June 2 2015 Latest news:
Annabelle Dickson, Political Correspondent
Thursday, February 6, 2014
Blockbuster movies such as Die Hard are to blame for the myths around fire sprinklers, according to a Suffolk MP.
Waveney MP Peter Aldous made the claim as he called for the devices to be fitted more widely in the wake of a major fire in Lowestoft.
Mr Aldous said jobs and a business in the town could have been saved if sprinklers had been fitted in the Wessex Foods meat processing factory, which was destroyed in 2010.
He said the Government owed it to fire authorities, whose budgets are coming under increasing pressure, to reduce the risks, with fire chiefs strongly advocating the more widespread use of sprinklers.
He said: “The impact on the local community was far-reaching.
“A factory that had been in operation for 30 years was closed permanently with the loss of 150 jobs and there was a significant knock-on impact to the local economy.
“Other consequences included local road disruptions, evacuation of some nearby residents, environmental impacts, pest control and odour problems from rotting meat and the impact of using 50million litres of water to tackle the fire.”
Mr Aldous said that if sprinklers had been fitted the outcome would have been “completely different” and fire crews would have been back at the station within an hour.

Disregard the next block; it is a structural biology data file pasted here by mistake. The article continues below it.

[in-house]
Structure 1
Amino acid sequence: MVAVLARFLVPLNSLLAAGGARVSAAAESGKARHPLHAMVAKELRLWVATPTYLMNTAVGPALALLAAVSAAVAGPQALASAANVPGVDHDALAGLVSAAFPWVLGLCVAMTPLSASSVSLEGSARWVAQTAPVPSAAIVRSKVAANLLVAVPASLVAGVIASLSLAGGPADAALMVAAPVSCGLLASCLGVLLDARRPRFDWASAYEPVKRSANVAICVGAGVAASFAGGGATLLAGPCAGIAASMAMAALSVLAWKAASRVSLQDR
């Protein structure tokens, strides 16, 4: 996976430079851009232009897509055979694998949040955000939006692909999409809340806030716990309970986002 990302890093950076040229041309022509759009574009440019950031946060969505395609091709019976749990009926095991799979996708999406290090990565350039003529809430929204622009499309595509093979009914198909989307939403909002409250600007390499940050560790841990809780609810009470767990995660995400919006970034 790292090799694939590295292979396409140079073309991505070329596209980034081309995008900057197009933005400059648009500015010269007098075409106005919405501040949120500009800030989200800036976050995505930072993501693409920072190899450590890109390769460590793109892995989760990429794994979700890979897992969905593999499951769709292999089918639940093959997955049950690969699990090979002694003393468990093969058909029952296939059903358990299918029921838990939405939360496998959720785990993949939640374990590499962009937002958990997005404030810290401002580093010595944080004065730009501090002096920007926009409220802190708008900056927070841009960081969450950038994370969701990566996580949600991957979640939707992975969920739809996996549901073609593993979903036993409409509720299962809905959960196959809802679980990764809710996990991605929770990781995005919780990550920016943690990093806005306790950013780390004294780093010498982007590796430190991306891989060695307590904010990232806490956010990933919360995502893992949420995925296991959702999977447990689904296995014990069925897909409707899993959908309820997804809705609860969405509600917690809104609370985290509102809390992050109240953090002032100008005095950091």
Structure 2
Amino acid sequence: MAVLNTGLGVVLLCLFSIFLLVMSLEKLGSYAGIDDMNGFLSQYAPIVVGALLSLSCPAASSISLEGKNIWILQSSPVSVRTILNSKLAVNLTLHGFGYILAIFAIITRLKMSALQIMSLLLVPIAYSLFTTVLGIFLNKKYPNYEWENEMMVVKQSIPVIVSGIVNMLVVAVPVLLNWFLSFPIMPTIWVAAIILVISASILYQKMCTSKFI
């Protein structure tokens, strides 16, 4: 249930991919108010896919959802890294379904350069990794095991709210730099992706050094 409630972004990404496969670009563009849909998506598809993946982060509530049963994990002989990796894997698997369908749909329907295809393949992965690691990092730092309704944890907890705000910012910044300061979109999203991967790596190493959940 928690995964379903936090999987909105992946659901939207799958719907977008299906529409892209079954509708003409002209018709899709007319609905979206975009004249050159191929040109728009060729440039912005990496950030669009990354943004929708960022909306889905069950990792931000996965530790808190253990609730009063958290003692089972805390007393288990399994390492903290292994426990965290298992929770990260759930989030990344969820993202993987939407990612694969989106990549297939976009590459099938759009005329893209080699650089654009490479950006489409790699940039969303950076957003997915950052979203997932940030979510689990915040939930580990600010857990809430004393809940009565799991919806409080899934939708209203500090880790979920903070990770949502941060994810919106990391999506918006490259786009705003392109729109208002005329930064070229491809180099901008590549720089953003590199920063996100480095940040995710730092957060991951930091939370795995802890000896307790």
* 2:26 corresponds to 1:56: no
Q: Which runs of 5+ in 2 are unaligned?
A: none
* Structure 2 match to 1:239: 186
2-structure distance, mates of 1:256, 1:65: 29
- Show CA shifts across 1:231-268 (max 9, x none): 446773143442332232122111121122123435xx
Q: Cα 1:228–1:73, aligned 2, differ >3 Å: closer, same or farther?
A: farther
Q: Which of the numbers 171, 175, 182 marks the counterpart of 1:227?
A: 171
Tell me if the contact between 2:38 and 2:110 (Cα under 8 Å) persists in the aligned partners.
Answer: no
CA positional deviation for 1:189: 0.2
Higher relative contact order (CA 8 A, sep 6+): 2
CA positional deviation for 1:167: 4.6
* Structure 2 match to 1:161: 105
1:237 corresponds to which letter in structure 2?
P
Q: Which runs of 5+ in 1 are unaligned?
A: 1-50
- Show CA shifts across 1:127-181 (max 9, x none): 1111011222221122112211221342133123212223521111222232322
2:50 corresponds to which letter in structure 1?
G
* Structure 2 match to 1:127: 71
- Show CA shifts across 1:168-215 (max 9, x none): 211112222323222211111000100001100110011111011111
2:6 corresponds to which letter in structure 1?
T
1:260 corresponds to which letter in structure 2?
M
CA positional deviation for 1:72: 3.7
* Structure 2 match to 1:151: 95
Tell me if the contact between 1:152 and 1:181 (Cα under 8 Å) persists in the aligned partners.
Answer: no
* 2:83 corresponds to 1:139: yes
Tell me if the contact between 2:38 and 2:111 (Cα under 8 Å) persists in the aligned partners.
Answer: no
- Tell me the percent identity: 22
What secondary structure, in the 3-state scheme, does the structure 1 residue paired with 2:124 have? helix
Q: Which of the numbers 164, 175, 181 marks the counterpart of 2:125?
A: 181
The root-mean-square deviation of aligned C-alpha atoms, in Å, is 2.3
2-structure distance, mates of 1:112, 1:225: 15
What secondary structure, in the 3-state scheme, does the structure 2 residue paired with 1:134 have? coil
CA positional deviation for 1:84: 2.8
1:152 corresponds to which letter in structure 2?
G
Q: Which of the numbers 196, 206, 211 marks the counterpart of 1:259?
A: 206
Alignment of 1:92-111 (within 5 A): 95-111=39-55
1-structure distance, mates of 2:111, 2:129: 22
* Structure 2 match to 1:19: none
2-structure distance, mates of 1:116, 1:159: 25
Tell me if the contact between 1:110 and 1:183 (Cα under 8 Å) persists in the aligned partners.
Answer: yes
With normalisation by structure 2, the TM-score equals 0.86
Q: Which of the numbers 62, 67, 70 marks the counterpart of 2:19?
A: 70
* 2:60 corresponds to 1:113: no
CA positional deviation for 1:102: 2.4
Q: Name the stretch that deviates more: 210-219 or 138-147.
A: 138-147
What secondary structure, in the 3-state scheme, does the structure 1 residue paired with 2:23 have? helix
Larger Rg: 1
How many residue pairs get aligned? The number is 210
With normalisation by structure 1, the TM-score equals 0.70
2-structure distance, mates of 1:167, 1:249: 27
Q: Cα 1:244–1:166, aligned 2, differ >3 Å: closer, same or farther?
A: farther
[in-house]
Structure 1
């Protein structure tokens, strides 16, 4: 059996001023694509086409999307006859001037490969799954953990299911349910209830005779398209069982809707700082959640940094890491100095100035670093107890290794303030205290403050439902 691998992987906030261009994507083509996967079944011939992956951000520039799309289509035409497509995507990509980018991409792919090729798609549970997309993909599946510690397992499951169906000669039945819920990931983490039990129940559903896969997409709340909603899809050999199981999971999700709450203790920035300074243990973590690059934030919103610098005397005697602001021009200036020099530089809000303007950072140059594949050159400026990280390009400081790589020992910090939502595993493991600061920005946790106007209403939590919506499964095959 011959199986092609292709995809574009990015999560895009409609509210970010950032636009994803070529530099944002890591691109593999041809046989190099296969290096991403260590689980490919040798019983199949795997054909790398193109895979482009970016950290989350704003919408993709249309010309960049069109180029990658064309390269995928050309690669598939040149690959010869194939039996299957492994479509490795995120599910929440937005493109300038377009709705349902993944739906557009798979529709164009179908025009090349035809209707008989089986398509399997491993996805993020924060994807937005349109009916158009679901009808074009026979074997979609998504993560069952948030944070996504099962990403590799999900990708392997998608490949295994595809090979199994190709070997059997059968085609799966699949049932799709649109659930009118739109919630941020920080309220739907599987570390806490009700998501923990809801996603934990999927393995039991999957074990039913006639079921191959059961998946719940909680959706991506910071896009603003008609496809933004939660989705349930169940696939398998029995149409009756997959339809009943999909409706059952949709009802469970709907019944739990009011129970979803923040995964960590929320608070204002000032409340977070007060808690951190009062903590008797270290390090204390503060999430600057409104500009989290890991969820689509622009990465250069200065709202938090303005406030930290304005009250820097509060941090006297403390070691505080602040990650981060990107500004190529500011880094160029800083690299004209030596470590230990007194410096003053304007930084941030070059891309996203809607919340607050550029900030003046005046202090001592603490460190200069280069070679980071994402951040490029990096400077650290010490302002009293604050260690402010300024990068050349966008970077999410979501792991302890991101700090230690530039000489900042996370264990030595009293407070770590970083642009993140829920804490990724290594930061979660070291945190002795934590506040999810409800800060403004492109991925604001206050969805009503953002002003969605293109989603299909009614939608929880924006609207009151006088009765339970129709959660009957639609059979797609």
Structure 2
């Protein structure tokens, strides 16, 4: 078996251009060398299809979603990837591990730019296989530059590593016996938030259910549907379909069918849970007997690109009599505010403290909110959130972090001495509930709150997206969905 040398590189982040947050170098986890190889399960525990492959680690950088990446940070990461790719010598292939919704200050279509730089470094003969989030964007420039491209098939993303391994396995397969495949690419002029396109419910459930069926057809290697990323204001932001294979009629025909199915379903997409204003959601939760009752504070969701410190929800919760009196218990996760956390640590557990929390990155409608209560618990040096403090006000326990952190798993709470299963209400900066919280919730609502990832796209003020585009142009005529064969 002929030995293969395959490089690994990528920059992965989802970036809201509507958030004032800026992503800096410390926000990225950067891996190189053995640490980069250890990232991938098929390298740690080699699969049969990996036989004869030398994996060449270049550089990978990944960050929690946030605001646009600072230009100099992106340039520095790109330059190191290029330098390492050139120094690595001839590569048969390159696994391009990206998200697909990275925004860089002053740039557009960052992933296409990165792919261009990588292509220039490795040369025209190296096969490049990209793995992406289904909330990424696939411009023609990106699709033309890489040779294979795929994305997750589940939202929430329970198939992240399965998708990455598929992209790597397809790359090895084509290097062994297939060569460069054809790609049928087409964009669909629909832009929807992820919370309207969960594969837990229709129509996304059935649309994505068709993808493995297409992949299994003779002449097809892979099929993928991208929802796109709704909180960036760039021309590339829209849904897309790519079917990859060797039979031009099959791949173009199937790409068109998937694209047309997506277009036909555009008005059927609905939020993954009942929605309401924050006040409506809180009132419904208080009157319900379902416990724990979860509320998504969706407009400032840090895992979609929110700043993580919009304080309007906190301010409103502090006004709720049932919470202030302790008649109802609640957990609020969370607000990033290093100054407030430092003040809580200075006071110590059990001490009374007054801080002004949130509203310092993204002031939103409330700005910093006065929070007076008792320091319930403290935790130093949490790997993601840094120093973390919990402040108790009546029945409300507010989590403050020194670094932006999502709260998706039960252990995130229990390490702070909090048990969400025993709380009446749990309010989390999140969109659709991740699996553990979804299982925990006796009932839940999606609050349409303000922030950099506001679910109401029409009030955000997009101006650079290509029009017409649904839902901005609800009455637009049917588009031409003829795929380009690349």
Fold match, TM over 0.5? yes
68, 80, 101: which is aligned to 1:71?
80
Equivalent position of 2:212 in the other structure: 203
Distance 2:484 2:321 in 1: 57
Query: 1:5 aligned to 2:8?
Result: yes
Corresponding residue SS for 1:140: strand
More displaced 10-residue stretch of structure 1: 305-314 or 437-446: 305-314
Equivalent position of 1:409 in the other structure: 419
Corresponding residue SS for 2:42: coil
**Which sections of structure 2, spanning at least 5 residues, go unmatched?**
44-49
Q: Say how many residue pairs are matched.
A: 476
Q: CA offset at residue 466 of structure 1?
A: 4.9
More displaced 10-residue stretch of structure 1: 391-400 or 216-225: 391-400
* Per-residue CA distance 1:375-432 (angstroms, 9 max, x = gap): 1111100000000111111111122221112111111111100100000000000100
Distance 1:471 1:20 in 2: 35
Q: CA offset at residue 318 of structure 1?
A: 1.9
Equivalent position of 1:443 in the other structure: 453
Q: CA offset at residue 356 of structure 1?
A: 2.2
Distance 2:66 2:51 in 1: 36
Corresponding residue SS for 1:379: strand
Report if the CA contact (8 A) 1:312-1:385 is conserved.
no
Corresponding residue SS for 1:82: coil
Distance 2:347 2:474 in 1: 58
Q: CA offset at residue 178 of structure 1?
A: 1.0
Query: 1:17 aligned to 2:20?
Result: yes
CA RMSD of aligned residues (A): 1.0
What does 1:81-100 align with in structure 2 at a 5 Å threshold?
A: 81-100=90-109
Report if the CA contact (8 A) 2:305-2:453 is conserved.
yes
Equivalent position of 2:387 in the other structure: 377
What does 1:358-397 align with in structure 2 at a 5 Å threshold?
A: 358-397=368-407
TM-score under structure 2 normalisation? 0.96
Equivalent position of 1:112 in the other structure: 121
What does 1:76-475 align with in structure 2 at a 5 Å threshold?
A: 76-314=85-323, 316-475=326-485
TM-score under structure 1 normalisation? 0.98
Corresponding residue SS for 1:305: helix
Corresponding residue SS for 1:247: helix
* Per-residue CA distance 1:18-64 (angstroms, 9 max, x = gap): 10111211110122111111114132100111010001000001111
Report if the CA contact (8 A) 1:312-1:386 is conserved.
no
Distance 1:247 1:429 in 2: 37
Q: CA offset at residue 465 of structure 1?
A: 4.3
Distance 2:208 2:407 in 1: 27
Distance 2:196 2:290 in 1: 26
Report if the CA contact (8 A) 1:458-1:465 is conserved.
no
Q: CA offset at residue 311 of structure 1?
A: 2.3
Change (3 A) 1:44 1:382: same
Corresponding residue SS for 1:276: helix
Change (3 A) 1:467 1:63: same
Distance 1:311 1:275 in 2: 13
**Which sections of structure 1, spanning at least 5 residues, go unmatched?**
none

He said that the myths surrounding the systems, including that sprinklers always go off accidentally and operate whenever a smoke detector goes off, were all untrue.
He added: “Perhaps the myths that have grown up about fire sprinklers can be attributed to Hollywood; sprinklers all going off at once and dramatic fires make good box office.
“Die Hard is the movie which gives the worst false impressions. It grossed $140million, whilst Backdraft grossed over $15m.
“Yes, the characters played by Kurt Russell and William Baldwin were real heroes, but we need to be putting in place a system that prevents them from having to go in to such dangerous buildings.”
He urged other local authorities to follow the lead of Suffolk County Council in making new sprinklers in care homes part of a deal when they transferred them to a private sector operator.
He called for the Government to promote both an increased acceptance of and a wider use of sprinklers, and said that fire sprinklers should be removed from being classified as “Plant and Machinery” fixtures for rating purposes.
He also called for a review into the size of building when sprinklers were required.